James L Brooks conjures up a glorious dark comedy with a bravado performance from Jack Nicholson and a wonderfully sentimental Helen Hunt that rightfully won Oscars and is a complete joy to watch and laugh and maybe even shed a tear or two.
Opening with Jack Nicholson's Melvin treating his neighbour's dog with no respect whatsoever and seeing his immediate uncaring action delivers the tone for some dark no holds barred comedy.
Greg Kinnear's protagonist Simon is gay, which Melvin is always keen to mention. Where there has been a heavy stamp on homophobia in recent times it hasn't stopped films and TV shows ruling it out, Little Britain and Scrubs often include such ideologies which provide laughs and thankfully, this film knows it is taking the mike and respects the boundaries of sexual orientation without demeaning the character. The stand up at the end shows that sexual orientation is insignificant to a person anyway. Like Dogma, you can accept it seriously or not, and it is simply brilliant to not take it seriously, it is more enjoyable to take it as a comedy, not a drama.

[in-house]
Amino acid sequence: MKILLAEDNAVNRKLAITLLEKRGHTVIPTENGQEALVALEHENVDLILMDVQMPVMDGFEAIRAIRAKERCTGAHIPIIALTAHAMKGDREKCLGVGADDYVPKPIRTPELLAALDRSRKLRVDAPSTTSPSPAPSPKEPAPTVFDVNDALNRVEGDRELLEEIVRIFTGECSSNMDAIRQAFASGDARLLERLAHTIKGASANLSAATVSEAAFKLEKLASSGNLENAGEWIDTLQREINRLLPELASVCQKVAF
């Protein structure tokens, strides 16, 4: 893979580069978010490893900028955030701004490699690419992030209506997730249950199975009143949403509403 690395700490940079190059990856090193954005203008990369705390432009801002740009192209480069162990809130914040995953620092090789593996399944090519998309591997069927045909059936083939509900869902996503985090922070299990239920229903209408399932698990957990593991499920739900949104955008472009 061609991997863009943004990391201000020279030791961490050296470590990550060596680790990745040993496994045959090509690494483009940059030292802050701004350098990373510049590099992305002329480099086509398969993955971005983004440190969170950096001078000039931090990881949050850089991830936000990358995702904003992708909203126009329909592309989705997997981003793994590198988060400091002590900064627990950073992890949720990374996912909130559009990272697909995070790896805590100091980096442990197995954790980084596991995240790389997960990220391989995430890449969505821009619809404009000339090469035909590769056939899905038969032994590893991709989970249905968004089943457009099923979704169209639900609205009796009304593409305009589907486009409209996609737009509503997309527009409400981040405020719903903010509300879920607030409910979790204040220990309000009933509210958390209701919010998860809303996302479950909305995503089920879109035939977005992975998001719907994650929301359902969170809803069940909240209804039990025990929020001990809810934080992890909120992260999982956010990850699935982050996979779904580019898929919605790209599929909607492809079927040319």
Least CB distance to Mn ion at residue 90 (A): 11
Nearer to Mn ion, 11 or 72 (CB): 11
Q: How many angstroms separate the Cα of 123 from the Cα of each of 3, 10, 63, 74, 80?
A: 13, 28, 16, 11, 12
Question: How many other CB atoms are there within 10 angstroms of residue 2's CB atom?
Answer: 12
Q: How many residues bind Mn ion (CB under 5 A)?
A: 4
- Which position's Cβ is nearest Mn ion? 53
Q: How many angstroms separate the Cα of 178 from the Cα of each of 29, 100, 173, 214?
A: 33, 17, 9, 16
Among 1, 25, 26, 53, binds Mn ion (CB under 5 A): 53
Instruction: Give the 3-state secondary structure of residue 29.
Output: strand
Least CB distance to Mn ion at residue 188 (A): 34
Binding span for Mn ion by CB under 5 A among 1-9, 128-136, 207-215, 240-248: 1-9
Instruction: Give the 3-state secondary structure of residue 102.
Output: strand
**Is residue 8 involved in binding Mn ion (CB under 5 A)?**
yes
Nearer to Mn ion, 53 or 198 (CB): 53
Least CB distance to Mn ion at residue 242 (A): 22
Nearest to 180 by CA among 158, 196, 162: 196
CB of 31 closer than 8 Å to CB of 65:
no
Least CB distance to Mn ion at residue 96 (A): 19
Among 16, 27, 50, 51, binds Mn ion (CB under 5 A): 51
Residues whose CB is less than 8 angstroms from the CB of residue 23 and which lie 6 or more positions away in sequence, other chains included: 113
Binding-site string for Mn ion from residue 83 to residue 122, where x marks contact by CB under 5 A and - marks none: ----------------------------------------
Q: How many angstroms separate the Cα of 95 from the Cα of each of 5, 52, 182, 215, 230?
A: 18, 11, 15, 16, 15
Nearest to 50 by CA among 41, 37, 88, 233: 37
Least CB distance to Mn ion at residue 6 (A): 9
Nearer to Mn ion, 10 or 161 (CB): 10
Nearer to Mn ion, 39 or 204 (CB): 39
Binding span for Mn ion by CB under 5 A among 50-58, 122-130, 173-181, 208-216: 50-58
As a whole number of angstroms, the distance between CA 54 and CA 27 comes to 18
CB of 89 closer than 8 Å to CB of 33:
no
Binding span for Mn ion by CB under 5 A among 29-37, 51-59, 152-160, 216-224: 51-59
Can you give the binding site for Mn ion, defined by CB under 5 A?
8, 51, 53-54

Bar your gay jokes there is some wonderful comic acting from the stars to gain some chuckles. Nicholson's honest blurbs are hilarious, Hunt's bluntness with Melvin is charismatic and though his character can be annoying, Kinnear brings a slice of depression humour to the picture.
Sex, romance, bullying, robbery, dog bashing, obsessive compulsive disorder, racism and in general any ordinary situation like ordering food gets a full out comic depiction that is simply great. In a world that is confounded by rules it is great to see some people like to break them.
The plot itself keeps itself interesting through some cheeky styling of character development. Melvin is a cynical uncaring man and through a reluctant helpful act starts to learn the foundation of good will.
Hunt's Carol is also given a working over through some tough speeches of honesty and integrity that generate the soft side of the picture.
Her son with the illness is very touching and the improvement in time may well make you cry owing to some carefully thought out dialogue and scripting. From laying in bed, to attending school to playing football this slow progression of health to happiness is well and truly heart warming.
Nicholson is fantastic giving us that glorious knowing too much grin and Hunt is a shining mum figure and the supporting cast add some extra ounces of comedy and drama.
Brookes provides us with a glorious selection of scenes depicting the hard nature of OCD that all work out to make this a perfect orchestra of a comedy.